'Of all the sixties' testimonies to the need for immediate social revolution Something in the Air is by far the most elegantly atmospheric. Pete Townshend constructed it around Andy thunderclap Newman, a piano playing, train-spotting eccentric he'd idolized since art school: Speedy Keen, a drummer and former roommate who'd written the Who's Armenia City in the Sky one of the few rock fantasies as winningly utopian as Something in the Air; teenage guitarist Jimmy McCulloch who went on to a key role in Paul McCartney's Wings but overdosed young; and Bijou Drains, a bassist with a giant beak, pipestem legs and unorthodox windmill playing style.
Few rock records so effectively combine majestic orchestration and a hard beat, and although to a degree the parts feel pasted together, the project's anticipatory innocence captures the atmosphere of imminence that suffused the late sixties, when the culture and political order could be felt wobbling every hour. Of course we should all have known that combining 'Hand out the arms and ammo' with the horn line from The Lonely Surfer was no model for successful insurrection. But we didn't, and even so many years on the wrong edge of that dilapidated possibility, it's often a pleasure to hear someone warn so sweetly and confidently that ' the revolution's near / and you know that it's right.'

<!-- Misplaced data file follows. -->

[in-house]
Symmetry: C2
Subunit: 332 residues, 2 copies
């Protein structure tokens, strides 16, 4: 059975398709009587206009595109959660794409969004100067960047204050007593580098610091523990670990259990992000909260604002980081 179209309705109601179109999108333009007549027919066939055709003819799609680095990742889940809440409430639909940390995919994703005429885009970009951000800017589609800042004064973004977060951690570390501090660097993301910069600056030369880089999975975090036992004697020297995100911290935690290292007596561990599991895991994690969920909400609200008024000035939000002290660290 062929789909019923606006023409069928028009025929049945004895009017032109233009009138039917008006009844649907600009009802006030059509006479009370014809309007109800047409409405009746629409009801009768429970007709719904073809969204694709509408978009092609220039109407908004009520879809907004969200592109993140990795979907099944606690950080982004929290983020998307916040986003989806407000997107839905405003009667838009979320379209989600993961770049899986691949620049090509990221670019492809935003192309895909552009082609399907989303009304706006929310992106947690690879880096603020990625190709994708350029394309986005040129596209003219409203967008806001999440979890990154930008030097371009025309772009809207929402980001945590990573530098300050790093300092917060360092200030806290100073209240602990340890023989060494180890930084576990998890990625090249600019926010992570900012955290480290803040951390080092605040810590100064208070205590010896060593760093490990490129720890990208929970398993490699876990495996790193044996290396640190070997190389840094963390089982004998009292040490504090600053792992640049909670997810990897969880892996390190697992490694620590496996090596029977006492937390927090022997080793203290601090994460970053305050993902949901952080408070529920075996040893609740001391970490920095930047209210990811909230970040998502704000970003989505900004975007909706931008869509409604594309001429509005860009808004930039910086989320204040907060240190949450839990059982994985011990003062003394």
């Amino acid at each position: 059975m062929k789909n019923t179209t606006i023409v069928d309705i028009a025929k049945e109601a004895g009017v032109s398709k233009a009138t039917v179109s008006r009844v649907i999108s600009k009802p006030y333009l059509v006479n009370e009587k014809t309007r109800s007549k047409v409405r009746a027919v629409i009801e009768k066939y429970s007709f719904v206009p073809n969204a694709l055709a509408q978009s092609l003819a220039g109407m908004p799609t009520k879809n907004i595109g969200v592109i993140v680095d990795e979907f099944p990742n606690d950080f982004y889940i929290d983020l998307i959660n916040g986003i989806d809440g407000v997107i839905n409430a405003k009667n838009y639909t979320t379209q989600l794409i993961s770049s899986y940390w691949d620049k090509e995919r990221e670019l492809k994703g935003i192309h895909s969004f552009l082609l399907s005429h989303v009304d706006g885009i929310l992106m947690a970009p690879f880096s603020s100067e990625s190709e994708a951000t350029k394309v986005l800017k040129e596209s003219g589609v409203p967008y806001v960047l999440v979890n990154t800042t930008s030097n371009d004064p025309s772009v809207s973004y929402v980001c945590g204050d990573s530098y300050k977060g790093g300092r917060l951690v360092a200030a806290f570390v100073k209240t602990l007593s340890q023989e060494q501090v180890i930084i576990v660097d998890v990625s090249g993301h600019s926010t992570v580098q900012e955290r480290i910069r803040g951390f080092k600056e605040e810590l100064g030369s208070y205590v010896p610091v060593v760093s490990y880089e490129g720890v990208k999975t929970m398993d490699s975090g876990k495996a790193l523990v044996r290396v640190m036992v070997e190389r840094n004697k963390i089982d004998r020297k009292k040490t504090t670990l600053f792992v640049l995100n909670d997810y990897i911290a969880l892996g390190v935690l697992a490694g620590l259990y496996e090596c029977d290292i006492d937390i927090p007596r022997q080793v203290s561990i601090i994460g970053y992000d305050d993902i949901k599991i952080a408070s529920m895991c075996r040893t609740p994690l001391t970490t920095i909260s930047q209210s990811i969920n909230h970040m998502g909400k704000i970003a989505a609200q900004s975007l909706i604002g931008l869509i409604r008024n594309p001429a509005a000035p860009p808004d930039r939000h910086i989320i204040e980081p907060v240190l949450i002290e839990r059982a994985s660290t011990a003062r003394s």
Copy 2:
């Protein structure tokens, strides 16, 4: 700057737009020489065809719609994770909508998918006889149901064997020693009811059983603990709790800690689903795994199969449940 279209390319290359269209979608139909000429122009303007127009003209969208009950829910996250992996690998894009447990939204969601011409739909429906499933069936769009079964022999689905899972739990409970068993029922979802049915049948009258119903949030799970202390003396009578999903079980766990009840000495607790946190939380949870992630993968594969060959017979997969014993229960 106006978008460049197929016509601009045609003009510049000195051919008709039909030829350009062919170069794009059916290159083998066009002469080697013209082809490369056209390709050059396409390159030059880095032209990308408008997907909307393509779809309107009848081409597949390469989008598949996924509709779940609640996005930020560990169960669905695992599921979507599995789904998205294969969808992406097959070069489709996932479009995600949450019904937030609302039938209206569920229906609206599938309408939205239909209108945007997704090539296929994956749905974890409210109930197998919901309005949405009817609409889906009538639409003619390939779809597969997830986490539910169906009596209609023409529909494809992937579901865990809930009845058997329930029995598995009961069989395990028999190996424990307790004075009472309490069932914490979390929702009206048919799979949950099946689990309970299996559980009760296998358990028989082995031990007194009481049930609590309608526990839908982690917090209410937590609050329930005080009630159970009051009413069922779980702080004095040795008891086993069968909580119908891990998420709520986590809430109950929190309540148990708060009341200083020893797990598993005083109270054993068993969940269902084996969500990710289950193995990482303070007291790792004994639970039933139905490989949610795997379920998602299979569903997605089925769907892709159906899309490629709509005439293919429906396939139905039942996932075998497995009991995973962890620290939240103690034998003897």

Although I guess what lingers longest is what follows: 'We have got to get it together / We have got to get it together now.'